In “Assessing Advocacy,” published in the Spring 2013 issue of the Stanford Social Innovation Review, lead author Nathan Huttner outlines a structured approach to assessing advocacy campaigns. Nathan and his fellow partners at Redstone Strategy Group have used the approach to help leading philanthropies, advocates, and research institutions as they plan and evaluate their investments in advocacy aimed at social change. At this Advocacy Evaluation Breakfast, Nathan will discuss the assessment approach, the research and experiences upon which it is built, pitfalls that have been encountered, and how funders and NGOs have used advocacy assessment to navigate the tricky territory of applying rigorous thinking to the inherently uncertain world of advocacy. Julia Coffman, Director of the Center for Evaluation Innovation, will offer a response.
NATHAN HUTTNER: As an associate principal at Redstone, Nathan has led projects on many topics, including health, education, energy, and climate. In particular, he has significant experience designing and evaluating hard-to-assess advocacy strategies in rapidly changing environments such as those surrounding US K-12 education, or global climate change. Nathan earned a BA from Yale College with distinction in Economics, and an MBA from the Yale School of Management, where he received 19 distinctions in two years. Between college and graduate school, Nathan was an associate at Katzenbach Partners, a strategy consulting firm founded by former partners of McKinsey and Company. Nathan is a director of the Elmseed Fund.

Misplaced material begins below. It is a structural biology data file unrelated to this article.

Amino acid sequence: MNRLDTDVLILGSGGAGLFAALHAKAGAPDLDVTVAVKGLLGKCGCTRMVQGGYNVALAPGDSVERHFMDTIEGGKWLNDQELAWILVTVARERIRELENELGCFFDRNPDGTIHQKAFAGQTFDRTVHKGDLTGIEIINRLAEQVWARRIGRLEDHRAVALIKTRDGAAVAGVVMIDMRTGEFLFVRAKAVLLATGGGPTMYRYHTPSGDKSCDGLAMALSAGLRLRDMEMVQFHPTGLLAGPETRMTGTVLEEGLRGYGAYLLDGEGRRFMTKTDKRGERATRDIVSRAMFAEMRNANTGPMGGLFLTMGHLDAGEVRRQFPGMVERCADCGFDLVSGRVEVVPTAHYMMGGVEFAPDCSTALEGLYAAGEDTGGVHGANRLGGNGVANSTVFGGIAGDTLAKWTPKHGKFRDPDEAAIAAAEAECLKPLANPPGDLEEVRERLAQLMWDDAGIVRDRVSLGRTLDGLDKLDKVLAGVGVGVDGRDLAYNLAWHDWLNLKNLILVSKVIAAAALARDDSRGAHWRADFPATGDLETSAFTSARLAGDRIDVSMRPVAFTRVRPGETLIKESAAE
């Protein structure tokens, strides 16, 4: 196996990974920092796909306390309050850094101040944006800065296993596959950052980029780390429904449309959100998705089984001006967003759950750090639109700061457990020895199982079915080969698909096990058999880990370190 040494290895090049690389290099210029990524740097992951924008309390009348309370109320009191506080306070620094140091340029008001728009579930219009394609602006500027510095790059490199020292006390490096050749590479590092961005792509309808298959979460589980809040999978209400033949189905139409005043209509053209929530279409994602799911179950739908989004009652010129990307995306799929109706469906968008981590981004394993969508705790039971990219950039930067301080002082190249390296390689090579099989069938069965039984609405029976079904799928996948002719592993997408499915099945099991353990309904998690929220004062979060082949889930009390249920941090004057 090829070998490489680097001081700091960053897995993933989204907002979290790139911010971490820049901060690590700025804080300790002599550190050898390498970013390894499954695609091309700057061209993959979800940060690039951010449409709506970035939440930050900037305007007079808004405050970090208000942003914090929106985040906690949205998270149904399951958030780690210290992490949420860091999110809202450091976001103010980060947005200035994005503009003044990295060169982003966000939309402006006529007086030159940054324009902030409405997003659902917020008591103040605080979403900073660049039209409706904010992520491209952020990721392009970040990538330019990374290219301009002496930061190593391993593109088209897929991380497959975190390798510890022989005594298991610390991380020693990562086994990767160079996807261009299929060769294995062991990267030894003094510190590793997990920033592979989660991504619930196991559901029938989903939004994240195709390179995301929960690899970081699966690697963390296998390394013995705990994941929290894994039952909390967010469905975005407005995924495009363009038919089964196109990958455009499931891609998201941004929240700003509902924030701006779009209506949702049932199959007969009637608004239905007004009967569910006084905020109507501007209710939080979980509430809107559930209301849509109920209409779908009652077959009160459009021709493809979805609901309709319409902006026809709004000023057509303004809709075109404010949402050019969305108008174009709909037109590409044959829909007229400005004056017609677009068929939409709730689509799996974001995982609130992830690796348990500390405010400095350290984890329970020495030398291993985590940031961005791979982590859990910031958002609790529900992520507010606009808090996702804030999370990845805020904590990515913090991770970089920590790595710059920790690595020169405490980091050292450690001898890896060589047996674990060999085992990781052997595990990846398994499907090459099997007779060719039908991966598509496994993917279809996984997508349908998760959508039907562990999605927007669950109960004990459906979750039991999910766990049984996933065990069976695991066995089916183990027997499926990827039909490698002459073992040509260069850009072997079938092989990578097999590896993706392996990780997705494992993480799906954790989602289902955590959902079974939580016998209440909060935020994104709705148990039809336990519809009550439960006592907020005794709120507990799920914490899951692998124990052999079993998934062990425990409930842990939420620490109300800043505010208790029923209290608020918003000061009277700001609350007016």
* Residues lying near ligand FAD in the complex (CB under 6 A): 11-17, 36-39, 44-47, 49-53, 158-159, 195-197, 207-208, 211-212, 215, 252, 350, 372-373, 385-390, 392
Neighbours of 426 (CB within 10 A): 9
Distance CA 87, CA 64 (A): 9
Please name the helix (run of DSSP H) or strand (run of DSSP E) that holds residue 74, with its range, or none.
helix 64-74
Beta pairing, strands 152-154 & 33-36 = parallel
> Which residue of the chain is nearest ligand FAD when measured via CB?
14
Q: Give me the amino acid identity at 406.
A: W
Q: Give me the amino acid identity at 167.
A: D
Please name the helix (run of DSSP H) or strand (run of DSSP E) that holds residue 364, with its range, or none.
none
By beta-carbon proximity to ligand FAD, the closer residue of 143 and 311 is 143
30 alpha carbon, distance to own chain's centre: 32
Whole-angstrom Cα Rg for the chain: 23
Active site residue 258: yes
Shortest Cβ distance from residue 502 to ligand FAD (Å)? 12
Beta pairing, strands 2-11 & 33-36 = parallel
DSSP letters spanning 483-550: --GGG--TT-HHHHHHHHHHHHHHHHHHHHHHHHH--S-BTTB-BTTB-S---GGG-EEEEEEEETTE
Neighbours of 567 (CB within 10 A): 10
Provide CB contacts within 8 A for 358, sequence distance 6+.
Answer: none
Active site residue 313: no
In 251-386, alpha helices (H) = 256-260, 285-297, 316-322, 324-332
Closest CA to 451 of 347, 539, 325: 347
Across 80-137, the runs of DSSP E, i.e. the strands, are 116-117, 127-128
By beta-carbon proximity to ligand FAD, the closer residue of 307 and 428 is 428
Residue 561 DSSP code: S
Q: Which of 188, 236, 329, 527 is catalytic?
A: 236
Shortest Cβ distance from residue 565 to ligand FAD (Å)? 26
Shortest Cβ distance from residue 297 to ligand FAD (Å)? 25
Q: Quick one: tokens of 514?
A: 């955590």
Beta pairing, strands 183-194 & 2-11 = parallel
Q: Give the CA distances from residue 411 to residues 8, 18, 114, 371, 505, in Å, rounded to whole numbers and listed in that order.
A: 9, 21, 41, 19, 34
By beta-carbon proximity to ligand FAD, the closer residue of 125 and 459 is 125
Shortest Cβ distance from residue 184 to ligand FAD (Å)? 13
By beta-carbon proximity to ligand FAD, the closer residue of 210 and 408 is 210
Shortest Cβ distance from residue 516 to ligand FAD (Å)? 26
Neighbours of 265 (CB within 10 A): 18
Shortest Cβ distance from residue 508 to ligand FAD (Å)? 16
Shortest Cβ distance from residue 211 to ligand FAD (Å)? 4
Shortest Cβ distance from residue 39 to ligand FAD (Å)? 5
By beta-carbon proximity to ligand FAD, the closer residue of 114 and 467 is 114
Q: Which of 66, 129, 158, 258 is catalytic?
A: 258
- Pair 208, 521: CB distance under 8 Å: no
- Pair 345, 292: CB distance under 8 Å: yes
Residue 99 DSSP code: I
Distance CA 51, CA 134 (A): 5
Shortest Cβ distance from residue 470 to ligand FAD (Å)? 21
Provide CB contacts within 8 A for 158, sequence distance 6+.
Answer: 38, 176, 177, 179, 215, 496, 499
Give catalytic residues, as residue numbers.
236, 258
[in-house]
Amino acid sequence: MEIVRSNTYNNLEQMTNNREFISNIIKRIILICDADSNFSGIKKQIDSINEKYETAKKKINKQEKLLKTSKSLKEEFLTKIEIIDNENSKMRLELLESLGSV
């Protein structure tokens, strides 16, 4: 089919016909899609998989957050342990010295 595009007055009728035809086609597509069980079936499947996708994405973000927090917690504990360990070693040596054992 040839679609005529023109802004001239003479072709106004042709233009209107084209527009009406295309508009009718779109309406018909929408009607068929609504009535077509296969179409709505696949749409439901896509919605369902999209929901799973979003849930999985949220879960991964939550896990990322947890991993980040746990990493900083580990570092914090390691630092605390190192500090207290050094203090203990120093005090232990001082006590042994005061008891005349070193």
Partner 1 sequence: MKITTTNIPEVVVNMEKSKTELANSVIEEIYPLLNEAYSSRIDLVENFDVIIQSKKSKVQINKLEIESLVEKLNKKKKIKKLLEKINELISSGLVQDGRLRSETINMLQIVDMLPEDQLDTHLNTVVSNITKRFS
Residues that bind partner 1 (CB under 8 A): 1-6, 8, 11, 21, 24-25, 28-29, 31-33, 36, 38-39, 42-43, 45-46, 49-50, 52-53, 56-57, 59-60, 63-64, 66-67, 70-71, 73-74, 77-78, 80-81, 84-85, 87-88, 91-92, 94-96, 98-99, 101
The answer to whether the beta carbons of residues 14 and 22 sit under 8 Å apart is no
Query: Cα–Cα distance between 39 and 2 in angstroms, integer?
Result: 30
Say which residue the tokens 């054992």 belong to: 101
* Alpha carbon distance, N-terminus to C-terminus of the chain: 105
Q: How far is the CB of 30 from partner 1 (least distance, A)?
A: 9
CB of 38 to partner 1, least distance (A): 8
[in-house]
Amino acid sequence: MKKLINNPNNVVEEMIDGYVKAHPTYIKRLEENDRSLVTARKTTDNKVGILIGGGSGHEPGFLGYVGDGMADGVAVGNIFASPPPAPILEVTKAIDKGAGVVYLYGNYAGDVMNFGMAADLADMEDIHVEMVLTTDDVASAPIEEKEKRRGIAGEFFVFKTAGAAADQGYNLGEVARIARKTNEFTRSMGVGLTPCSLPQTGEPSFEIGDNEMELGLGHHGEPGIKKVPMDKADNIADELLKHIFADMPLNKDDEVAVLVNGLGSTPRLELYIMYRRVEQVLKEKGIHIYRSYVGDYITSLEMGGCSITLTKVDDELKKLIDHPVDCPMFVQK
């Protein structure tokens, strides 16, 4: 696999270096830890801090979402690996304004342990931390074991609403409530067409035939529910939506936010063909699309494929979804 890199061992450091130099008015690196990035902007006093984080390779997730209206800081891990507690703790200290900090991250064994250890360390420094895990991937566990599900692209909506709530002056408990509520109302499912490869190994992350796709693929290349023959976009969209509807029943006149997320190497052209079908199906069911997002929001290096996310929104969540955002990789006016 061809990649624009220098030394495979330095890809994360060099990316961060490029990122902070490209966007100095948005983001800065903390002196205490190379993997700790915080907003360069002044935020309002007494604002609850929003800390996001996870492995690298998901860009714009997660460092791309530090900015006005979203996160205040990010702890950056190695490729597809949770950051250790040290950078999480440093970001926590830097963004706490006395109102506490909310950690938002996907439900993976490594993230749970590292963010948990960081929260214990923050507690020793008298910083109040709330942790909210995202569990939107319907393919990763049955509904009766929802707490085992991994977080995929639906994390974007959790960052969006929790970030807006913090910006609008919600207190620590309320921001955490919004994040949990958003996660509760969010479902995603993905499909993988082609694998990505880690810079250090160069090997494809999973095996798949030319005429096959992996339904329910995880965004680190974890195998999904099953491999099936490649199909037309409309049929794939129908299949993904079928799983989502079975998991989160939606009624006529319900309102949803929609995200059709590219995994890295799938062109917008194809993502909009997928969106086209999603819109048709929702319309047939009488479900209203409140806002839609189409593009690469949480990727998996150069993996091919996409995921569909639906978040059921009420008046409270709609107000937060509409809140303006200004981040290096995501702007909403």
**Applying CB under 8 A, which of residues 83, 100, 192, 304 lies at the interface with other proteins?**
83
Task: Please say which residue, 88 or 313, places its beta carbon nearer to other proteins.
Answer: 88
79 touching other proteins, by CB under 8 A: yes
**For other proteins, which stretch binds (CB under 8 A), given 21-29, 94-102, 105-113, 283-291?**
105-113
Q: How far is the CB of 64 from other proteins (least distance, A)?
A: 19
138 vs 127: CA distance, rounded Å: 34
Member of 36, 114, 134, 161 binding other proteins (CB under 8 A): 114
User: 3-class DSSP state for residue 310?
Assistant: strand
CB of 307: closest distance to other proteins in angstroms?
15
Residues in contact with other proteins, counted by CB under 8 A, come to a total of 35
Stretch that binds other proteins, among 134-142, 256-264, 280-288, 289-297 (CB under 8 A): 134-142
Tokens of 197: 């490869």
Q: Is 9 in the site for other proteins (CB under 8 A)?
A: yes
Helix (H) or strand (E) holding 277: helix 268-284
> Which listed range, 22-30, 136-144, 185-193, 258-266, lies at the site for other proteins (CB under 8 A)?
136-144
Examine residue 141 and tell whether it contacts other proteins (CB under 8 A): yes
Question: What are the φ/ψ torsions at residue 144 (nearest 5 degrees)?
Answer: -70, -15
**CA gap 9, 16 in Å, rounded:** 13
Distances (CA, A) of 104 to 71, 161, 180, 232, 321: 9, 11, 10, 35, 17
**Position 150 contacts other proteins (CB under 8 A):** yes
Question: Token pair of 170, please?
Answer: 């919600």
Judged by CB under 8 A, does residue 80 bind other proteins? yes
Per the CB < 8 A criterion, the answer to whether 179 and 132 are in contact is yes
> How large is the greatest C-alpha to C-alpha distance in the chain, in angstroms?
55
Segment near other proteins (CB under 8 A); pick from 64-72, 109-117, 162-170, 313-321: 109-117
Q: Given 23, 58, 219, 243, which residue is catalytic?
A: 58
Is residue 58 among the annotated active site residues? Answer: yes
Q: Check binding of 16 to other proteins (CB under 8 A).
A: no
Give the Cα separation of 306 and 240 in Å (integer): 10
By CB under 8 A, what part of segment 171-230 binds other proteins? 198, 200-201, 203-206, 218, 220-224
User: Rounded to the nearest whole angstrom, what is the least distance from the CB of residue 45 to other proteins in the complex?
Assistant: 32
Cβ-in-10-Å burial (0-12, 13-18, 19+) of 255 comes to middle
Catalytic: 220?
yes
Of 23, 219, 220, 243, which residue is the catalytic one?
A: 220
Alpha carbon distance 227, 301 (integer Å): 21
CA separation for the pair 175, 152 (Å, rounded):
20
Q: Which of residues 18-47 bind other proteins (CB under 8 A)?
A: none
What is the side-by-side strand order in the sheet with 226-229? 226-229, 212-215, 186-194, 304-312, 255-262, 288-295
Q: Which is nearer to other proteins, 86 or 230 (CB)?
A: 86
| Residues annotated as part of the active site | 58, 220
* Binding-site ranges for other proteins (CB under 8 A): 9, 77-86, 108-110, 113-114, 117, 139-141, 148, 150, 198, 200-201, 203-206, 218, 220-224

JULIA COFFMAN: Julia has more than 20 years of experience as an evaluator, and now specializes in the evaluation of advocacy, public policy, and systems change efforts. For 15 years Julia worked with the Harvard Family Research Project (HFRP), a research and evaluation organization at the Harvard Graduate School of Education. Julia led HFRP’s evaluation work for over a decade, which included evaluating foundation and nonprofit initiatives and publishing The Evaluation Exchange, a nationally renowned periodical on emerging evaluation strategies and issues. Julia frequently writes and speaks about evaluation. She is the founder and former co-chair of the American Evaluation Association’s Advocacy and Policy Change Topical Interest Group. Julia received her graduate degree in justice studies from Arizona State University and her undergraduate degree in psychology from the University of Illinois at Urbana-Champaign.